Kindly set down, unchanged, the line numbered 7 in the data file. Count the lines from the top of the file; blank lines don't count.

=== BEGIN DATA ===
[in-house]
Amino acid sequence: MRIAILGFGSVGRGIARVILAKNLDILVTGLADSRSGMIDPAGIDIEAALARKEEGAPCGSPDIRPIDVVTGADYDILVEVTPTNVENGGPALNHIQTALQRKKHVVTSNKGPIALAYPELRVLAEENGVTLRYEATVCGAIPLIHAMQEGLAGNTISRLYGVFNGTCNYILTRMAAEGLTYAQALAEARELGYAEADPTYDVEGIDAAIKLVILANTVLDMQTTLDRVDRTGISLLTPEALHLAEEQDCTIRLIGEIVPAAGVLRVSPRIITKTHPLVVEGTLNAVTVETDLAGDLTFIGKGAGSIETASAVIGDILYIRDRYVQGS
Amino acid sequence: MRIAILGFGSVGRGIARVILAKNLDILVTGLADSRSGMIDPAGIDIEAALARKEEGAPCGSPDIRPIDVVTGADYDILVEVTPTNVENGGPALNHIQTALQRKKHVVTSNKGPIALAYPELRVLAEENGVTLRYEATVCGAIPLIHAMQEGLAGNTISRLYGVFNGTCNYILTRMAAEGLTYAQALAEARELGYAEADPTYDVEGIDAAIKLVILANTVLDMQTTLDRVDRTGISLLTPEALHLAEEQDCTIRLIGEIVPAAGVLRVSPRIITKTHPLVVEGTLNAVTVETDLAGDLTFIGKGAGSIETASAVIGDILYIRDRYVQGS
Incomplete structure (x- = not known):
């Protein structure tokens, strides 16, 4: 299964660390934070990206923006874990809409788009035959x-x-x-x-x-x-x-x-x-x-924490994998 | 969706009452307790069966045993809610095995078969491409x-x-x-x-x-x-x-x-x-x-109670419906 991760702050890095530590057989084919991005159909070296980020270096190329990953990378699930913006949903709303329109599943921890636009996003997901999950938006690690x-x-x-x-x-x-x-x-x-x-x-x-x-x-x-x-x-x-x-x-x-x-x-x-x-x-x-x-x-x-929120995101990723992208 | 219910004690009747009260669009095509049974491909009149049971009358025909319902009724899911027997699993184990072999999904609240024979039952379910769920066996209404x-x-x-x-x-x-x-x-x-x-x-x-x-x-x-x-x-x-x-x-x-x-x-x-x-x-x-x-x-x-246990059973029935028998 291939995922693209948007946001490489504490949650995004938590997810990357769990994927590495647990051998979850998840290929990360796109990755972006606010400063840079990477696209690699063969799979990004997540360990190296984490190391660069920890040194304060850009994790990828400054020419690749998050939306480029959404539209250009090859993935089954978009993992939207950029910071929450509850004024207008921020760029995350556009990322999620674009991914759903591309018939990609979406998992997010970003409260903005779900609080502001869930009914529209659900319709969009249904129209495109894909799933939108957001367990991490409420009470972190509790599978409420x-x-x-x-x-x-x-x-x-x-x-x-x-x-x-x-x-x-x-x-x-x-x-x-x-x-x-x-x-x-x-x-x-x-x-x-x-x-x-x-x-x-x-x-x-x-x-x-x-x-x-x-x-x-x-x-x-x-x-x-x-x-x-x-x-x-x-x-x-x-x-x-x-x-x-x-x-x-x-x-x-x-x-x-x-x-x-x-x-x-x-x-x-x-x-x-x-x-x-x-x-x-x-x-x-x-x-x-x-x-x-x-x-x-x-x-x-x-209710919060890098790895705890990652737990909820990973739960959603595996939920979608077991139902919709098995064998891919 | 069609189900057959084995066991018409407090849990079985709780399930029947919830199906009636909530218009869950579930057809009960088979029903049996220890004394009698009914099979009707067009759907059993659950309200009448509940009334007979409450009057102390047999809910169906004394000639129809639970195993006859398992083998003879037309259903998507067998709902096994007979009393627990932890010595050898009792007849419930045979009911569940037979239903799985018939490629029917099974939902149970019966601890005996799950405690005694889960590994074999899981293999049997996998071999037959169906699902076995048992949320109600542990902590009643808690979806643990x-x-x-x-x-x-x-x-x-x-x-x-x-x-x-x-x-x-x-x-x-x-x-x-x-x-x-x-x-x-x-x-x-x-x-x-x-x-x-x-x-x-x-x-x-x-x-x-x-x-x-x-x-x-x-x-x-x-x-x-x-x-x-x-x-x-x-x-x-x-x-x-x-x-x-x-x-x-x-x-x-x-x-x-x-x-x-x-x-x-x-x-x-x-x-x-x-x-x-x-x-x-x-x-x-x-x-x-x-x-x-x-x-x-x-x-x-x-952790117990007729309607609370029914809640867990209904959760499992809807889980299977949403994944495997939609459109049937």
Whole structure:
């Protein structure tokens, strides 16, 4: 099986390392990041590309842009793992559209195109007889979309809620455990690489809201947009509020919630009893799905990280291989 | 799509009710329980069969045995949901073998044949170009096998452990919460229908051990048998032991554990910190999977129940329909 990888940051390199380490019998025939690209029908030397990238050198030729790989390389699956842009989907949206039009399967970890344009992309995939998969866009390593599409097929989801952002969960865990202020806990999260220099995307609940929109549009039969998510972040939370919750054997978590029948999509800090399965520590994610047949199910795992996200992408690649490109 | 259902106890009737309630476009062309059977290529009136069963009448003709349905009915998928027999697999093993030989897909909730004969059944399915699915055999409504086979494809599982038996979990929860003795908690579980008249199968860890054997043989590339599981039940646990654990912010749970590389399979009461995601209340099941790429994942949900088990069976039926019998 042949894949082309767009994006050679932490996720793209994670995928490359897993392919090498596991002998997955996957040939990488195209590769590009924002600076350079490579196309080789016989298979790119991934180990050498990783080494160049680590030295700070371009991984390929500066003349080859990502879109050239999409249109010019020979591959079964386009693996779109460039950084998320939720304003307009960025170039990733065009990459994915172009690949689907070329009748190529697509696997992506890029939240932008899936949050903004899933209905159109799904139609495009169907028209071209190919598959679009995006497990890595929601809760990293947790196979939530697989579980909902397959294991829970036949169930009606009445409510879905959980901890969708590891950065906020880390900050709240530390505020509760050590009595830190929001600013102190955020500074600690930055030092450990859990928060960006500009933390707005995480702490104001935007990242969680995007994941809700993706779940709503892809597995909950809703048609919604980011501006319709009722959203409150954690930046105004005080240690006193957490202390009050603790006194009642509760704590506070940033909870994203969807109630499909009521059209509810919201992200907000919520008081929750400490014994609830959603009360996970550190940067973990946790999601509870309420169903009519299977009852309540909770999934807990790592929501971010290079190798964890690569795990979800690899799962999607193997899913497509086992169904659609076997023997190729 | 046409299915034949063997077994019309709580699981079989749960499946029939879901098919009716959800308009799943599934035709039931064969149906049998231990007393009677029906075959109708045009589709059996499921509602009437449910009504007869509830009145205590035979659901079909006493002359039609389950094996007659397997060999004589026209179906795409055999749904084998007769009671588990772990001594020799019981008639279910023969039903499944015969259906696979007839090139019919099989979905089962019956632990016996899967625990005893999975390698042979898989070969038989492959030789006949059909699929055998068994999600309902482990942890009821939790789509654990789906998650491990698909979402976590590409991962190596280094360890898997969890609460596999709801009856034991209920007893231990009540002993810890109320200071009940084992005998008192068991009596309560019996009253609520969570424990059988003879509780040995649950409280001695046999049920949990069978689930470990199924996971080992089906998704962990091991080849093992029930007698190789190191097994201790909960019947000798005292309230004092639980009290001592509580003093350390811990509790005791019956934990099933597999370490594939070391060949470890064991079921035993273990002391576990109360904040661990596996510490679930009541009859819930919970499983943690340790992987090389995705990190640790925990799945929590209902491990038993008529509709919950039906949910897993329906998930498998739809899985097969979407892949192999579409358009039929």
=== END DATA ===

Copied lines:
């Protein structure tokens, strides 16, 4: 099986390392990041590309842009793992559209195109007889979309809620455990690489809201947009509020919630009893799905990280291989 | 799509009710329980069969045995949901073998044949170009096998452990919460229908051990048998032991554990910190999977129940329909 990888940051390199380490019998025939690209029908030397990238050198030729790989390389699956842009989907949206039009399967970890344009992309995939998969866009390593599409097929989801952002969960865990202020806990999260220099995307609940929109549009039969998510972040939370919750054997978590029948999509800090399965520590994610047949199910795992996200992408690649490109 | 259902106890009737309630476009062309059977290529009136069963009448003709349905009915998928027999697999093993030989897909909730004969059944399915699915055999409504086979494809599982038996979990929860003795908690579980008249199968860890054997043989590339599981039940646990654990912010749970590389399979009461995601209340099941790429994942949900088990069976039926019998 042949894949082309767009994006050679932490996720793209994670995928490359897993392919090498596991002998997955996957040939990488195209590769590009924002600076350079490579196309080789016989298979790119991934180990050498990783080494160049680590030295700070371009991984390929500066003349080859990502879109050239999409249109010019020979591959079964386009693996779109460039950084998320939720304003307009960025170039990733065009990459994915172009690949689907070329009748190529697509696997992506890029939240932008899936949050903004899933209905159109799904139609495009169907028209071209190919598959679009995006497990890595929601809760990293947790196979939530697989579980909902397959294991829970036949169930009606009445409510879905959980901890969708590891950065906020880390900050709240530390505020509760050590009595830190929001600013102190955020500074600690930055030092450990859990928060960006500009933390707005995480702490104001935007990242969680995007994941809700993706779940709503892809597995909950809703048609919604980011501006319709009722959203409150954690930046105004005080240690006193957490202390009050603790006194009642509760704590506070940033909870994203969807109630499909009521059209509810919201992200907000919520008081929750400490014994609830959603009360996970550190940067973990946790999601509870309420169903009519299977009852309540909770999934807990790592929501971010290079190798964890690569795990979800690899799962999607193997899913497509086992169904659609076997023997190729 | 046409299915034949063997077994019309709580699981079989749960499946029939879901098919009716959800308009799943599934035709039931064969149906049998231990007393009677029906075959109708045009589709059996499921509602009437449910009504007869509830009145205590035979659901079909006493002359039609389950094996007659397997060999004589026209179906795409055999749904084998007769009671588990772990001594020799019981008639279910023969039903499944015969259906696979007839090139019919099989979905089962019956632990016996899967625990005893999975390698042979898989070969038989492959030789006949059909699929055998068994999600309902482990942890009821939790789509654990789906998650491990698909979402976590590409991962190596280094360890898997969890609460596999709801009856034991209920007893231990009540002993810890109320200071009940084992005998008192068991009596309560019996009253609520969570424990059988003879509780040995649950409280001695046999049920949990069978689930470990199924996971080992089906998704962990091991080849093992029930007698190789190191097994201790909960019947000798005292309230004092639980009290001592509580003093350390811990509790005791019956934990099933597999370490594939070391060949470890064991079921035993273990002391576990109360904040661990596996510490679930009541009859819930919970499983943690340790992987090389995705990190640790925990799945929590209902491990038993008529509709919950039906949910897993329906998930498998739809899985097969979407892949192999579409358009039929």